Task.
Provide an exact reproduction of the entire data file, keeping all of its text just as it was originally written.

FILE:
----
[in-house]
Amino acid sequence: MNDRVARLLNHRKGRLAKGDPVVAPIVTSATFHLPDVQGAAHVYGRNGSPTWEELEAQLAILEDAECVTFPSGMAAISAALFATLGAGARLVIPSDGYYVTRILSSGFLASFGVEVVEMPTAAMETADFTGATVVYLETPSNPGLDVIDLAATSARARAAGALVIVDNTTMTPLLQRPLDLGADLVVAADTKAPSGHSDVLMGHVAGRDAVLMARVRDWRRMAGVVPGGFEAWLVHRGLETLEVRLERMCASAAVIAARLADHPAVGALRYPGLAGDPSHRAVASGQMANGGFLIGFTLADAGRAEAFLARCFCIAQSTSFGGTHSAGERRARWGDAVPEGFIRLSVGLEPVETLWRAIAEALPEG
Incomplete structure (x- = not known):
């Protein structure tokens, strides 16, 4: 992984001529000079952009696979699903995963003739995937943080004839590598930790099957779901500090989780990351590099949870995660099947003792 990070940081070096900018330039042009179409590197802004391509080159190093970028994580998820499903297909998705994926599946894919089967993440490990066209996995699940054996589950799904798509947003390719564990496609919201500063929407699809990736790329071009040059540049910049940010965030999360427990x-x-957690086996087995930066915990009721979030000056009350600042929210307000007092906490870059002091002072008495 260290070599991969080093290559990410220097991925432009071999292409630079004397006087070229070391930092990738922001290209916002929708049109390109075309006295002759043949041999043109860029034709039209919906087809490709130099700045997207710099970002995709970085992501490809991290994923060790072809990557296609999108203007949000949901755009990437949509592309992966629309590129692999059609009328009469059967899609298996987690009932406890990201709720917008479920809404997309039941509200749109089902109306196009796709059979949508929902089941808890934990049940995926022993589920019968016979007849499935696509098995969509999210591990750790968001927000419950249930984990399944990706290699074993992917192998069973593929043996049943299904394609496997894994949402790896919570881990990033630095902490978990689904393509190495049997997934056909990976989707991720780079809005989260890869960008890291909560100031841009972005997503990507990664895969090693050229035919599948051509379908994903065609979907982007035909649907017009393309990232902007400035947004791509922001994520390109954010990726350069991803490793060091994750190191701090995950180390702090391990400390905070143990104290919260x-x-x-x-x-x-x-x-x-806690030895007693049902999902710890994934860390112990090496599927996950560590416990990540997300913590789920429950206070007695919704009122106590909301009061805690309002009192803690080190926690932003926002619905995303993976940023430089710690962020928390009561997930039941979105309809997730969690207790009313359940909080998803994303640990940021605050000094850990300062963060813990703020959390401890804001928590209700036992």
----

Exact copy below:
[in-house]
Amino acid sequence: MNDRVARLLNHRKGRLAKGDPVVAPIVTSATFHLPDVQGAAHVYGRNGSPTWEELEAQLAILEDAECVTFPSGMAAISAALFATLGAGARLVIPSDGYYVTRILSSGFLASFGVEVVEMPTAAMETADFTGATVVYLETPSNPGLDVIDLAATSARARAAGALVIVDNTTMTPLLQRPLDLGADLVVAADTKAPSGHSDVLMGHVAGRDAVLMARVRDWRRMAGVVPGGFEAWLVHRGLETLEVRLERMCASAAVIAARLADHPAVGALRYPGLAGDPSHRAVASGQMANGGFLIGFTLADAGRAEAFLARCFCIAQSTSFGGTHSAGERRARWGDAVPEGFIRLSVGLEPVETLWRAIAEALPEG
Incomplete structure (x- = not known):
């Protein structure tokens, strides 16, 4: 992984001529000079952009696979699903995963003739995937943080004839590598930790099957779901500090989780990351590099949870995660099947003792 990070940081070096900018330039042009179409590197802004391509080159190093970028994580998820499903297909998705994926599946894919089967993440490990066209996995699940054996589950799904798509947003390719564990496609919201500063929407699809990736790329071009040059540049910049940010965030999360427990x-x-957690086996087995930066915990009721979030000056009350600042929210307000007092906490870059002091002072008495 260290070599991969080093290559990410220097991925432009071999292409630079004397006087070229070391930092990738922001290209916002929708049109390109075309006295002759043949041999043109860029034709039209919906087809490709130099700045997207710099970002995709970085992501490809991290994923060790072809990557296609999108203007949000949901755009990437949509592309992966629309590129692999059609009328009469059967899609298996987690009932406890990201709720917008479920809404997309039941509200749109089902109306196009796709059979949508929902089941808890934990049940995926022993589920019968016979007849499935696509098995969509999210591990750790968001927000419950249930984990399944990706290699074993992917192998069973593929043996049943299904394609496997894994949402790896919570881990990033630095902490978990689904393509190495049997997934056909990976989707991720780079809005989260890869960008890291909560100031841009972005997503990507990664895969090693050229035919599948051509379908994903065609979907982007035909649907017009393309990232902007400035947004791509922001994520390109954010990726350069991803490793060091994750190191701090995950180390702090391990400390905070143990104290919260x-x-x-x-x-x-x-x-x-806690030895007693049902999902710890994934860390112990090496599927996950560590416990990540997300913590789920429950206070007695919704009122106590909301009061805690309002009192803690080190926690932003926002619905995303993976940023430089710690962020928390009561997930039941979105309809997730969690207790009313359940909080998803994303640990940021605050000094850990300062963060813990703020959390401890804001928590209700036992």